So, there’s this thing that moms tend to do: We try to be super moms.

There are some days where I totally feel like a super mom. OK, I’ll give myself some credit: There are plenty of days where I totally am a super mom.

I get the grocery shopping and errands done, the laundry gets folded and put away, I get my blogging done for the week, we have a photoshoot AND I have dinner ready before Frank gets home. Oh yeah, and I do all of that while chasing around my toddler. (Can I please still call her a baby?)

That, right there, is me giving myself credit for all of the hard work I do. That is me giving myself credit for being a super mom.

… Some days.

And then there are the days where I totally can’t get anything done and I feel far from a super mom. There are plenty of those days too, let me tell you. On these days, I need help. I need a friend to watch Ava while I run errands, I need someone to bring me a home cooked meal and I need someone to do my laundry for me.

Wishful thinking, huh?

You know if you really think about it, it’s not that wishful. I have so many friends who would be more than happy to offer any of that to me if I needed it. I have so many friends who are willing to offer help.

But here’s the catch: If any of my friends offered to wash my dishes on a rough day or watch Ava for a couple of hours while I got some work done, you'd better bet I’d say no.

I really NEED the help some days—but there is no way in the world I would accept it. I feel bad, I haven’t done that for them before so I really shouldn't accept and most of all, I’m supposed to have it all together.

I’m supposed to be a super mom.

Now, I am not going to take credit for this lesson, as it’s a lesson I learned from one of the most amazing woman I know. And it's a lesson I just had to pass on to all of you because it’s something all moms need to hear. It’s something all moms need dearly in our lives.

When we say no to help from our friends, we are robbing them of their happiness. And let's be honest, we are robbing ourselves of some much-needed help.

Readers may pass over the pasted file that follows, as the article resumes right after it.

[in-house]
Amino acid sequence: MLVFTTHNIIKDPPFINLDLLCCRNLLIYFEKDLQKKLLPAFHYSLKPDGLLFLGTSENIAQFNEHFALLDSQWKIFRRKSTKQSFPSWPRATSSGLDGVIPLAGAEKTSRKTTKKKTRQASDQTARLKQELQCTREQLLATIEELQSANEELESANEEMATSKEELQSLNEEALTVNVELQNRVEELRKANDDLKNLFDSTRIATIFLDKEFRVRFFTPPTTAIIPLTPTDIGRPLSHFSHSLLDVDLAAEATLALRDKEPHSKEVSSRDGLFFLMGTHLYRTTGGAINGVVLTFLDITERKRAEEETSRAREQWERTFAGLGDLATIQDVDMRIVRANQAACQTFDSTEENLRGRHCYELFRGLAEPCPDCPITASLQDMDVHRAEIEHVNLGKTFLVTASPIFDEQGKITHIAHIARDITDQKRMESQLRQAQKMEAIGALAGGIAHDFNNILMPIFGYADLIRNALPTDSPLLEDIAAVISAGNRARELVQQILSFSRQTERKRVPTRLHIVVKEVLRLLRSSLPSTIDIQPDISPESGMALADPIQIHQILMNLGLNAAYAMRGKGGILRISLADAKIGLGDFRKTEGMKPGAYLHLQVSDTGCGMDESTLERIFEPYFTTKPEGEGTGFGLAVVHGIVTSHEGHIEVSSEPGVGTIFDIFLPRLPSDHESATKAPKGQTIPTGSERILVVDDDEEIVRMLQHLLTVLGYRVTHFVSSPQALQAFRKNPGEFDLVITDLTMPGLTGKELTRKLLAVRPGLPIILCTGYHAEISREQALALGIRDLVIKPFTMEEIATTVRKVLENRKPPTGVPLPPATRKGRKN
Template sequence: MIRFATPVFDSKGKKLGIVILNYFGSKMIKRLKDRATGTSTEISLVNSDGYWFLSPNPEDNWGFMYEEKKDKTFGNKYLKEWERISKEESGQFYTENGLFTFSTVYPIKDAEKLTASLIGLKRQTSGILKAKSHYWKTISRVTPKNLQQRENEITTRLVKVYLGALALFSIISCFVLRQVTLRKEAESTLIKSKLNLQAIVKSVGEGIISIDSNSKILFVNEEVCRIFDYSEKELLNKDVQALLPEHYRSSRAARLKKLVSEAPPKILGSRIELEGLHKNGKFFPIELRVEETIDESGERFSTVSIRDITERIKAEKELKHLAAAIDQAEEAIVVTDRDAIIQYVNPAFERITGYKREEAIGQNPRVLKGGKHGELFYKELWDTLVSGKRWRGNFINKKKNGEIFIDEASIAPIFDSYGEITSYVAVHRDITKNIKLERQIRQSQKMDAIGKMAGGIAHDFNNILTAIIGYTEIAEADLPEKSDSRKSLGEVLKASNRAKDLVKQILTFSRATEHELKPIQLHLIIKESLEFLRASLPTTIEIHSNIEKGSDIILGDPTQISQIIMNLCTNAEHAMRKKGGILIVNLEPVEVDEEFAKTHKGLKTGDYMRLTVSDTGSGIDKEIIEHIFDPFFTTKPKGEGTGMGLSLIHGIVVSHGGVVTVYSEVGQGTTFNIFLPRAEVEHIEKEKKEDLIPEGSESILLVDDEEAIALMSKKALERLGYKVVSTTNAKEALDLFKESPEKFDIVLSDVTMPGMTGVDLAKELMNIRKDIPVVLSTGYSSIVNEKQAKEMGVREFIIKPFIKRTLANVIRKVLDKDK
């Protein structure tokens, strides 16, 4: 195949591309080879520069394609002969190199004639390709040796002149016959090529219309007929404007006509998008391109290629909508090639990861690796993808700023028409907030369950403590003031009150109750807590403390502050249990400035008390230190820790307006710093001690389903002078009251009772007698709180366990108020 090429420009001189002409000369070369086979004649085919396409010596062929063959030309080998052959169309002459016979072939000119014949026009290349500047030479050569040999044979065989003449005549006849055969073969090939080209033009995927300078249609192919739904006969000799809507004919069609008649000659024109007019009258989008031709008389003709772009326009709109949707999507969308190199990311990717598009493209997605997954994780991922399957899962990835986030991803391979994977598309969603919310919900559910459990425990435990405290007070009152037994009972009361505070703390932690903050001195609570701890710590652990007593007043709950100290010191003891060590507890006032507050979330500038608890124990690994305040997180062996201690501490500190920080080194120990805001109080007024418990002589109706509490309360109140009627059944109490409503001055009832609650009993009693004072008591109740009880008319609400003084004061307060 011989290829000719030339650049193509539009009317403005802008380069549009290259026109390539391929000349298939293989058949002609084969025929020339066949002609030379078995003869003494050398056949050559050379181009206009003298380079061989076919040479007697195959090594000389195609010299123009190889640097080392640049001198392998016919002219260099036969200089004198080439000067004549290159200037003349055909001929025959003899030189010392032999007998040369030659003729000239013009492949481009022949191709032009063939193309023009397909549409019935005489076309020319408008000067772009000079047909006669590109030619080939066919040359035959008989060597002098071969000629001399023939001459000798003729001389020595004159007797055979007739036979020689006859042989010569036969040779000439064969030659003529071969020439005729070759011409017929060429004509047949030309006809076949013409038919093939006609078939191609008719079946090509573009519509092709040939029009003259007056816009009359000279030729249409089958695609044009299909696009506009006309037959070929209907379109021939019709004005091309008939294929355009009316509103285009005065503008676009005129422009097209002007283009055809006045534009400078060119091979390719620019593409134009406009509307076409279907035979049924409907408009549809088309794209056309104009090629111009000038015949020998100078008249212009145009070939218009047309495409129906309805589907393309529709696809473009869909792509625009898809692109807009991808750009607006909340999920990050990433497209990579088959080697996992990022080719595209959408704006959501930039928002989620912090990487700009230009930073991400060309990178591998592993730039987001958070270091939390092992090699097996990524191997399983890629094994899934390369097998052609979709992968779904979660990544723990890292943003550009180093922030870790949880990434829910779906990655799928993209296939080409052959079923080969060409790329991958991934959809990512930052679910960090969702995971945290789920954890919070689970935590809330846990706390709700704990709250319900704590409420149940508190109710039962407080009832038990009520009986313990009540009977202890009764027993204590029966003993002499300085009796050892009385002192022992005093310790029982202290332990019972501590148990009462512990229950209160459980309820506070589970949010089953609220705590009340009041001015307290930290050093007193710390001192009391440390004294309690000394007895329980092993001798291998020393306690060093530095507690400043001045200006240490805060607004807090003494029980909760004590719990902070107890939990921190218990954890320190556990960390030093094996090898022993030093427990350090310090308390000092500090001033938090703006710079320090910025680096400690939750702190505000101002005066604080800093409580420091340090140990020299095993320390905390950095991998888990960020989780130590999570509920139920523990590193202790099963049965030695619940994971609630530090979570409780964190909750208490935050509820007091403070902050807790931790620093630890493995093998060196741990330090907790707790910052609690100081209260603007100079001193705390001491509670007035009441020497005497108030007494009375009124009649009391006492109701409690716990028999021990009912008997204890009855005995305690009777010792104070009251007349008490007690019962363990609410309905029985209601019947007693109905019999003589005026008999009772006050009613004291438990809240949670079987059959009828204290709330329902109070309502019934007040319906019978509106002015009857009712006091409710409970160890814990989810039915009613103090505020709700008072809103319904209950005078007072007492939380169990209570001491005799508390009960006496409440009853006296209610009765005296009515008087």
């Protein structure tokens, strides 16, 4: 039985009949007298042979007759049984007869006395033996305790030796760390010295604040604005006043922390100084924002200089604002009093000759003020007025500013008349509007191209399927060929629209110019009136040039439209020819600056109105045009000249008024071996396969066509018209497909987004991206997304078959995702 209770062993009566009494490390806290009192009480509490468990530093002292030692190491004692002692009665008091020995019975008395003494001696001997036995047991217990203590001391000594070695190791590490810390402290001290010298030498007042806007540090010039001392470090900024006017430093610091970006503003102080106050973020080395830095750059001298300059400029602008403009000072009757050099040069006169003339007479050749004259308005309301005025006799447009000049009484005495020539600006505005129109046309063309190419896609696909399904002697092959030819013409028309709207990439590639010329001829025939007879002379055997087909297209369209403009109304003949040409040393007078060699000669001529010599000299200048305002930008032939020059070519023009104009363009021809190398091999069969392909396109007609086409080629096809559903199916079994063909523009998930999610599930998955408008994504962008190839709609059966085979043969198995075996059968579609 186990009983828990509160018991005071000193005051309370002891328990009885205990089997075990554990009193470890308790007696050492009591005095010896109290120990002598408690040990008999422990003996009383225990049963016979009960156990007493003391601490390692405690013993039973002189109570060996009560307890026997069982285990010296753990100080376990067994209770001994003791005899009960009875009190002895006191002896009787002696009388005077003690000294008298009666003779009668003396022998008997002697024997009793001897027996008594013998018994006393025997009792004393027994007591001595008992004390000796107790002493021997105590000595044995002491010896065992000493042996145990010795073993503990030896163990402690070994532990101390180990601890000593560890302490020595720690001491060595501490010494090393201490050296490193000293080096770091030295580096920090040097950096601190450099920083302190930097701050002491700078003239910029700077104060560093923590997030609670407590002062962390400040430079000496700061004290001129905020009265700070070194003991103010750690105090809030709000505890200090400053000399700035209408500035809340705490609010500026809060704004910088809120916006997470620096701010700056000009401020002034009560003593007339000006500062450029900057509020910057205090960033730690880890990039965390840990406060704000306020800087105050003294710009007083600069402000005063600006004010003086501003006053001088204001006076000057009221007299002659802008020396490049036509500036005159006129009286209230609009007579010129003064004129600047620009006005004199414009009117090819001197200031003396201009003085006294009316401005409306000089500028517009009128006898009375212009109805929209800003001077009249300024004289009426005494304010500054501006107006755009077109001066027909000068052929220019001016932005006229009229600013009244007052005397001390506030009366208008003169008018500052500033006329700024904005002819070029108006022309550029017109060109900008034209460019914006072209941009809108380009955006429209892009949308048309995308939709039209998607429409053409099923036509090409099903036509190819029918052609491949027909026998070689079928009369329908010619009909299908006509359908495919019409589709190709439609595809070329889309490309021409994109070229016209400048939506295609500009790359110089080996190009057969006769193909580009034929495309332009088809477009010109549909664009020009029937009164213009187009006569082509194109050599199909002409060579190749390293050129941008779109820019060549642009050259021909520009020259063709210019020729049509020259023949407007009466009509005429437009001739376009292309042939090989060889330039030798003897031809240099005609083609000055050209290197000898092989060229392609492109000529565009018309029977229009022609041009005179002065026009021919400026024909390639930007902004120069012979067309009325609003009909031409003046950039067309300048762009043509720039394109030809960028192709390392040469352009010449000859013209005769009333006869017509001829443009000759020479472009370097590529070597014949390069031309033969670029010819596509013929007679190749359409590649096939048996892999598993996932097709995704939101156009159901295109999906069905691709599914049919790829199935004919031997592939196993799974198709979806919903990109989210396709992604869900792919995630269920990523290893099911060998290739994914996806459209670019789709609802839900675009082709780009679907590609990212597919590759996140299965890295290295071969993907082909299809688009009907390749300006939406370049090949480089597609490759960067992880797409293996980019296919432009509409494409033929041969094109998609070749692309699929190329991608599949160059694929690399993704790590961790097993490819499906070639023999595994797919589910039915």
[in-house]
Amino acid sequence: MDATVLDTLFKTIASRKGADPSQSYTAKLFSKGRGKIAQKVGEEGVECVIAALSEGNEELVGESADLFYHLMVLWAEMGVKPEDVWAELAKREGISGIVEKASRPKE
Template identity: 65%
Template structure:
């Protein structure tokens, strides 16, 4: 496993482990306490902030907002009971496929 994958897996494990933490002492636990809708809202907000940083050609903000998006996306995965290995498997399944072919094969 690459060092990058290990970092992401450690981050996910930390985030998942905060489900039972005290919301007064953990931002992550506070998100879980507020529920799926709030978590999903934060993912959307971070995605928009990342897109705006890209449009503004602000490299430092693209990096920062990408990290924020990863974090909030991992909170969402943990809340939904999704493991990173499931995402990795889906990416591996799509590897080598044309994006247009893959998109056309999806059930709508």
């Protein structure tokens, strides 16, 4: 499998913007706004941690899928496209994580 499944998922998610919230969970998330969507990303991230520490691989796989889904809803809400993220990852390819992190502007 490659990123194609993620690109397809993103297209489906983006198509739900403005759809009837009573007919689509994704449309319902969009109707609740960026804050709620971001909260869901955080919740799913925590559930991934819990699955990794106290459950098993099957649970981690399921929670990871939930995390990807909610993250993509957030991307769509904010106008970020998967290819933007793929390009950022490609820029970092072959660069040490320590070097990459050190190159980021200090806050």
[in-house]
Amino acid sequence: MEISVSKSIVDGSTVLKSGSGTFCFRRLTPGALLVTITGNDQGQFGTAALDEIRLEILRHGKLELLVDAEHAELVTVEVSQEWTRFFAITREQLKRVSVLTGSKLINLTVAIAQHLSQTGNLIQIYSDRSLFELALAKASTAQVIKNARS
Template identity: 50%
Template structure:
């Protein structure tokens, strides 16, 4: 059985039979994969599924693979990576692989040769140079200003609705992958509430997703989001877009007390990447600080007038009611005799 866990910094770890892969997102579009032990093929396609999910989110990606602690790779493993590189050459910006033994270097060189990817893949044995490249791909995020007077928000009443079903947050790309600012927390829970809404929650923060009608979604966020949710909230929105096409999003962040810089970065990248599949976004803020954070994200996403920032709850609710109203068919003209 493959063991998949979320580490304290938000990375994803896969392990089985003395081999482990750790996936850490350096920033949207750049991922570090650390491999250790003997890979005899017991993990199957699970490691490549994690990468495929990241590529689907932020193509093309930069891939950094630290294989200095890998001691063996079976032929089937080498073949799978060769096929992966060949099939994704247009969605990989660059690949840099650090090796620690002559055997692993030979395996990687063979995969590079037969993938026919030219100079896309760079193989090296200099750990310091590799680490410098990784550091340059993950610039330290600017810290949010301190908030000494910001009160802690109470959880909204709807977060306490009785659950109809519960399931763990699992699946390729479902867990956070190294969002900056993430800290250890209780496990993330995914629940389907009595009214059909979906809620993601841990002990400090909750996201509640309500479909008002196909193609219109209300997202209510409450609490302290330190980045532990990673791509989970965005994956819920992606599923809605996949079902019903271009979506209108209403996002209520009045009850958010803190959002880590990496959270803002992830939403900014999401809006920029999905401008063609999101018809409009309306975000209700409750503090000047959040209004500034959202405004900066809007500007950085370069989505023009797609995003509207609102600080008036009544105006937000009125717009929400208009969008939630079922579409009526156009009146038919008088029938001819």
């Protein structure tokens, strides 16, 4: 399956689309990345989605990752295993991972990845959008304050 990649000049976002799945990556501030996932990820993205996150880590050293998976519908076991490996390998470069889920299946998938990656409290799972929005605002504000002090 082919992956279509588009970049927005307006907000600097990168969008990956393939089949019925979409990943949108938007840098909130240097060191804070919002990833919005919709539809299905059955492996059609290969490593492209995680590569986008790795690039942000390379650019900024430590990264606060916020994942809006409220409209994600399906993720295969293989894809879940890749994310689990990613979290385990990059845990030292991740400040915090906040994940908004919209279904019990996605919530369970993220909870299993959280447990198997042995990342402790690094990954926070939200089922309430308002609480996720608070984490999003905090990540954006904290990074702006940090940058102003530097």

Think about it: Nothing brings us more joy than doing favors for our friends. Babysitting, cooking dinner, sending flowers or anything that shows someone I am there to help them brings so much happiness into my life. Being helpful and being kind gives me a total high—it makes me feel pretty amazing. But, if I offer to help and my offer is denied, that happiness is taken from me.

Just think about that for a second.

While we may be super moms some days, we are always going to have days where we can’t do it all. We can’t juggle it all. We need help.

And if help is offered, we need to learn to accept it with grace. Not only does this make our lives easier as moms, but it enables that happiness to fill some else's life, too.

Raising a mentally strong kid doesn't mean he won't cry when he's sad or that he won't fail sometimes. Mental strength won't make your child immune to hardship—but it also won't cause him to suppress his emotions.

In fact, it's quite the opposite. Mental strength is what helps kids bounce back from setbacks. It gives them the strength to keep going, even when they're plagued with self-doubt. A strong mental muscle is the key to helping kids reach their greatest potential in life.

But raising a mentally strong kid requires parents to avoid the common yet unhealthy parenting practices that rob kids of mental strength. In my book, 13 Things Mentally Strong Parents Don't Do, I identify 13 things to avoid if you want to raise a mentally strong kid equipped to tackle life's toughest challenges:

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